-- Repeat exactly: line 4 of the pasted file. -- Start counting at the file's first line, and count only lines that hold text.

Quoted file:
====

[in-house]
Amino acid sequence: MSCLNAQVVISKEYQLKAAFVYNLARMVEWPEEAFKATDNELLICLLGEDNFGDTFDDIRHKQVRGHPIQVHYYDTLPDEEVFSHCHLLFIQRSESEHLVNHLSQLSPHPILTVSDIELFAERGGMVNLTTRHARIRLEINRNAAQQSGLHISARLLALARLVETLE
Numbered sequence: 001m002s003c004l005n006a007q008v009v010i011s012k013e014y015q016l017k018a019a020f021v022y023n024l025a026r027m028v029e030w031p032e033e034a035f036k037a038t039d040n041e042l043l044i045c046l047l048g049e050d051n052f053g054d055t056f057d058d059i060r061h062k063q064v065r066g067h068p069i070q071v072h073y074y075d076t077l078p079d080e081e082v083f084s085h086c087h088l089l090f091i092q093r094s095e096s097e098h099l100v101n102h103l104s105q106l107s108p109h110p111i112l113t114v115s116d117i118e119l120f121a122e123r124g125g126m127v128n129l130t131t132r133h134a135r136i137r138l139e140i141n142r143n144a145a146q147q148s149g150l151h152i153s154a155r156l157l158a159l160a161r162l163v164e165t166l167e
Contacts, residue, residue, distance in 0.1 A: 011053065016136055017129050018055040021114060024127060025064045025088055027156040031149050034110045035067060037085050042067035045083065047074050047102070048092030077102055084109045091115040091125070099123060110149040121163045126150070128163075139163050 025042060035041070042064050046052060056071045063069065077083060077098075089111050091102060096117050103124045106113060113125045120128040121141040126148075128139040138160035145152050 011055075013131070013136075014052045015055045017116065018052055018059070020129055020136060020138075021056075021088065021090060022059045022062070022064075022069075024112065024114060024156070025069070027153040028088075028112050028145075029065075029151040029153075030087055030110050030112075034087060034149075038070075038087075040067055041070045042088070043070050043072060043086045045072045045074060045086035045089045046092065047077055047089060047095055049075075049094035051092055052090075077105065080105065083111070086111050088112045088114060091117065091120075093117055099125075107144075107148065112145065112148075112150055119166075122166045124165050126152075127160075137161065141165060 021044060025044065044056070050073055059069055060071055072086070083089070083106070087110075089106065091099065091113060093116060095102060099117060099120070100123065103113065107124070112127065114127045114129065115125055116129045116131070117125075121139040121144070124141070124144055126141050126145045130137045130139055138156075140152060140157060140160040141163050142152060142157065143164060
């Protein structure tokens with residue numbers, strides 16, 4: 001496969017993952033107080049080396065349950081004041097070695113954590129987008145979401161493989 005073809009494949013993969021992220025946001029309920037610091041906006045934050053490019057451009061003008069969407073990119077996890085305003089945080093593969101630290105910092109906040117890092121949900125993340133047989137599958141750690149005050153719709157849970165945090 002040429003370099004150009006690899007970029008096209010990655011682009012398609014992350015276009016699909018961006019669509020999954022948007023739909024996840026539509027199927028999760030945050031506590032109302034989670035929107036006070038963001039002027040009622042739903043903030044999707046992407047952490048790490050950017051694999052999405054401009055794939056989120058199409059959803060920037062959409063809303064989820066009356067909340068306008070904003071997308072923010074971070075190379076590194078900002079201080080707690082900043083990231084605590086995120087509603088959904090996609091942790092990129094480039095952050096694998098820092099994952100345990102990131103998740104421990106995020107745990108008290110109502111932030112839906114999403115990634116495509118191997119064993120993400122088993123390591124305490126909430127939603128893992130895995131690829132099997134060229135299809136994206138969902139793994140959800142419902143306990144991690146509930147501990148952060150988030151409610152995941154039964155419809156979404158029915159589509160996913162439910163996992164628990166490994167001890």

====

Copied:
Contacts, residue, residue, distance in 0.1 A: 011053065016136055017129050018055040021114060024127060025064045025088055027156040031149050034110045035067060037085050042067035045083065047074050047102070048092030077102055084109045091115040091125070099123060110149040121163045126150070128163075139163050 025042060035041070042064050046052060056071045063069065077083060077098075089111050091102060096117050103124045106113060113125045120128040121141040126148075128139040138160035145152050 011055075013131070013136075014052045015055045017116065018052055018059070020129055020136060020138075021056075021088065021090060022059045022062070022064075022069075024112065024114060024156070025069070027153040028088075028112050028145075029065075029151040029153075030087055030110050030112075034087060034149075038070075038087075040067055041070045042088070043070050043072060043086045045072045045074060045086035045089045046092065047077055047089060047095055049075075049094035051092055052090075077105065080105065083111070086111050088112045088114060091117065091120075093117055099125075107144075107148065112145065112148075112150055119166075122166045124165050126152075127160075137161065141165060 021044060025044065044056070050073055059069055060071055072086070083089070083106070087110075089106065091099065091113060093116060095102060099117060099120070100123065103113065107124070112127065114127045114129065115125055116129045116131070117125075121139040121144070124141070124144055126141050126145045130137045130139055138156075140152060140157060140160040141163050142152060142157065143164060